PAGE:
Isn’t that funny? This fairy who supposedly needs to be softened up carried a baby in her arms all the time! In fact, she’s great at taking care of baby creatures: Piff, her bunny Milly in Winx season four, and Squonk in season seven. Even that dinosaur chick in “A Friend From the Past” (Winx season 7, episode 5) trusted her more than the other Winx.

Bottom line: Yang Aisha was Yin Aisha with her tough-girl traits dialed up and her softer traits removed or diminished. But since the Winx fandom ignores her sensitive side, anyway, it’s no wonder that some of them saw Yang Aisha as her “true self”. I kept waiting for the real Aisha to show up.

We spotted her in the episodes about the Watchmaker’s niece, Silke. Aisha tried to cheer up the would-be snowboarder, but she was less encouraging and more realistic than Yin Aisha might have been.

AISHA: I know you try really hard, Silke, but…
SILKE: There’s no hope I’ll win the competition. That’s what you think.
AISHA: The final is a long jump, Silke….If you make a mistake, you could really hurt yourself.
SILKE: But if I back out, everyone will think I’m good for nothing.
AISHA: You don’t have to prove anything. When you have the right experience, you can try again. Right now—
SILKE: Aisha, do you believe in me? Do you think I can do it?
AISHA: Silke…I…

I don’t know if Yin Aisha would have told Silke to go for it, but I think she would have been more careful not to hurt Silke’s feelings. Yang Aisha tried, but it was harder for her because she wasn’t as sensitive as Yin Aisha.

Itching For a Fight

Aisha is not a confrontational person.

Let me say that again: Aisha is not a confrontational person.

Yin Aisha, that is. No, she’s not scared to look someone in the face and say her piece, but what does she normally do afterward? She leaves. That’s right. Nine times out of ten, when someone makes her angry, sad, or uncomfortable, she gets away from them — and everyone else — as fast as she can.

Here are several examples throughout Winx Club:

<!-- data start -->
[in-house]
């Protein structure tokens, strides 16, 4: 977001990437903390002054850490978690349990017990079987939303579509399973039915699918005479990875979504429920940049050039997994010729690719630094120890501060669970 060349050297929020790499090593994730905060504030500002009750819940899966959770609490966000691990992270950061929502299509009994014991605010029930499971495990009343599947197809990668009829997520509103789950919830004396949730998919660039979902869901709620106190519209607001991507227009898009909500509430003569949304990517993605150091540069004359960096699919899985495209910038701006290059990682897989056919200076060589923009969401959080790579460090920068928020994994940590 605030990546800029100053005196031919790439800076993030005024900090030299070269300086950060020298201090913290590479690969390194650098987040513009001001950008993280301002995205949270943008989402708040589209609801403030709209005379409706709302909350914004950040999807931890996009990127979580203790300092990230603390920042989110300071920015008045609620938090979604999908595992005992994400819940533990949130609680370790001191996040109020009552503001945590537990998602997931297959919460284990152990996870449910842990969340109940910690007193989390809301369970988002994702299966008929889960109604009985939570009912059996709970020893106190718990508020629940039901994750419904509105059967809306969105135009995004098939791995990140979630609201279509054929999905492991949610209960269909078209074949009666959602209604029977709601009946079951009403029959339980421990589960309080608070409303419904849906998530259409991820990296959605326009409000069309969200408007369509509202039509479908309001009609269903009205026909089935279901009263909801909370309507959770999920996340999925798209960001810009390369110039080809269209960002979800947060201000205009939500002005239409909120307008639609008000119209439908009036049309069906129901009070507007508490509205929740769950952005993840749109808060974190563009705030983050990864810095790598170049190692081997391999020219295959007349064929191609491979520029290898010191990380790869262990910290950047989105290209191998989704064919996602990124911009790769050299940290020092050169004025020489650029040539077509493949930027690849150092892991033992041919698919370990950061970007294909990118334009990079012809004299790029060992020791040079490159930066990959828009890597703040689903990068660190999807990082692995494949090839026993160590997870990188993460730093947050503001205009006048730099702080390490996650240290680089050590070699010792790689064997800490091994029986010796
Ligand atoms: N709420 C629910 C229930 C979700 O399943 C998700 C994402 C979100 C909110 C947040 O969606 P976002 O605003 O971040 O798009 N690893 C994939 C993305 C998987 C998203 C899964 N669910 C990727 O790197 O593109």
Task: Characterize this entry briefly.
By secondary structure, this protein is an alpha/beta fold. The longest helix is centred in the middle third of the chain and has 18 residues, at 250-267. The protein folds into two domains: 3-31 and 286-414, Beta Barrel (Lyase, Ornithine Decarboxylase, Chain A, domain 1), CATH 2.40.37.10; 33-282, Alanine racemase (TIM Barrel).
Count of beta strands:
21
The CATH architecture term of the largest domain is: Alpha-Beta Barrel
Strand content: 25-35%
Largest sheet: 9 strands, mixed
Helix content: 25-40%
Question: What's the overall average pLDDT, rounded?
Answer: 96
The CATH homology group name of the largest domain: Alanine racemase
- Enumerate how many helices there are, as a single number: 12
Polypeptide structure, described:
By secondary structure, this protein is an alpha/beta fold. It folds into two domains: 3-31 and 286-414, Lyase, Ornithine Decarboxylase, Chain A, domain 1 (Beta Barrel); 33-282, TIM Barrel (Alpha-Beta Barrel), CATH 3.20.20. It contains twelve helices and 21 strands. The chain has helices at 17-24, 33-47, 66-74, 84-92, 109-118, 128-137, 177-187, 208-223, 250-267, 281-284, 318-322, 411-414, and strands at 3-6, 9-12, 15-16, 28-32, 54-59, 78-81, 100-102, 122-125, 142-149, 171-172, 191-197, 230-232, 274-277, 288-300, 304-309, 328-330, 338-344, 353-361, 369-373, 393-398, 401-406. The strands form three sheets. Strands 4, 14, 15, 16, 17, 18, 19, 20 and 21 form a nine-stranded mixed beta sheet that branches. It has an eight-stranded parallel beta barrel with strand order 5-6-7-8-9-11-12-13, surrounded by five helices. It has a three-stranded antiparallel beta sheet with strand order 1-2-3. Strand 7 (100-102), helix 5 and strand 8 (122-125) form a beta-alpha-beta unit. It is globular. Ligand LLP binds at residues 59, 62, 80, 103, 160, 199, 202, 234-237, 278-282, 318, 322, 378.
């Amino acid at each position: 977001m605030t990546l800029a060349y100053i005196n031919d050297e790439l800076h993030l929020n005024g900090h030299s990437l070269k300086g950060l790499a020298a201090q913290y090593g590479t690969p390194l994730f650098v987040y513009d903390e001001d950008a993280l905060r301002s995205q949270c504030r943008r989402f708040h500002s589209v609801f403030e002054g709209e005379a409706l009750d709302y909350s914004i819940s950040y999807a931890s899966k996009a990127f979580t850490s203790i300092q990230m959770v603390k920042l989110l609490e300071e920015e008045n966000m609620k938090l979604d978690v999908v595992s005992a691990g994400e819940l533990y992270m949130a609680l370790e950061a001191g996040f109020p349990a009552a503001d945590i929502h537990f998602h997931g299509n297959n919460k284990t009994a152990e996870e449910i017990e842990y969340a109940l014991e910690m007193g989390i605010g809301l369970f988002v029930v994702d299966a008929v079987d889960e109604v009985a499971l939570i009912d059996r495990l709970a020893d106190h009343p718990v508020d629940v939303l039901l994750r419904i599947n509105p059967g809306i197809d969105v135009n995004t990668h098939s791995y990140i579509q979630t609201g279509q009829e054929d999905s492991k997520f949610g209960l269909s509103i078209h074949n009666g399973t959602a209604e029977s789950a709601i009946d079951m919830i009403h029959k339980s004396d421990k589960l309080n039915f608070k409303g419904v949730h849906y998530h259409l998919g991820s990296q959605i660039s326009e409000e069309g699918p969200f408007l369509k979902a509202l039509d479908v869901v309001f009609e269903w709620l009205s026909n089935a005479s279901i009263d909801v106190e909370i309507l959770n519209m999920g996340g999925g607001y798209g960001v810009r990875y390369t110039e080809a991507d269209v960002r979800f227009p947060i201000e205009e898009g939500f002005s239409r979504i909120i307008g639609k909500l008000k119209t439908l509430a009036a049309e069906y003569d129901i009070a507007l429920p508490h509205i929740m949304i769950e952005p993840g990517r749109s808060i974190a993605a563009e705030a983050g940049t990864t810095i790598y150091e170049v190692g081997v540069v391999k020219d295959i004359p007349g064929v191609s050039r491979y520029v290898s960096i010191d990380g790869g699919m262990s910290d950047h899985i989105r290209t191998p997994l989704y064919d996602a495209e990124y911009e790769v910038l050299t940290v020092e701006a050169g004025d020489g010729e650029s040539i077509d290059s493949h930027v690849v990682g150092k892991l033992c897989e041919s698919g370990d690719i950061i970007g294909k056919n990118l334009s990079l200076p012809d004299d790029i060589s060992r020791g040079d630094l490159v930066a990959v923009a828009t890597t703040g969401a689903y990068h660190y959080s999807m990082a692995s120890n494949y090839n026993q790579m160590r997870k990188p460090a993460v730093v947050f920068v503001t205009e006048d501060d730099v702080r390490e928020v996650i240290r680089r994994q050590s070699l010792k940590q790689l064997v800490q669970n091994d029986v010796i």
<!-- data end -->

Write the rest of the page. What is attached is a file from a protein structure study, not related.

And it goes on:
• “Win-X Together!” (Winx season 2, episode 12): When Stella accidentally left her out by saying “the five of us”, Aisha ran away crying.
  • “Charmix Power” (Winx season 2, episode 21): Aisha questioned why Stella didn’t wanna write a postcard to her parents. After Bloom explained that they’re divorced, Aisha suddenly wanted to go for a walk in the woods.
  • “Valtor’s Box” (Winx season 3, episode 18): When the Winx caught Nabu eavesdropping on them, she yelled at him and then ran off.
  • “Winx Club Forever” (Winx season 4, episode 11): After Stella confronted her about spending too much time with Nabu, Aisha spent the night at Love & Pet instead of the Winx’s loft.
  • “Secret of the Ruby Reef” (Winx season 5, episode 8): When Stella tried to play matchmaker at the party at Alfea, Aisha smoothie-bent the boys’ drinks into their faces, then walked away. Later, she tried to back out of their Sirenix mission.
  • “Bloomix Power” (Winx season 6, episode 4): After yelling at Nex for his “little stunt” on the obstacle course, she stomped out of the gym.
  • “Into the Depths of Andros” (Winx season 8, episode 8): After Nex accidentally distracted her with his Emojix, Aisha left to practice on her speech all alone.

It’s not surprising that Aisha does this. She may be a tough girl, but she’s also a princess. Why would she forget 16 years of etiquette training as soon as she left Andros?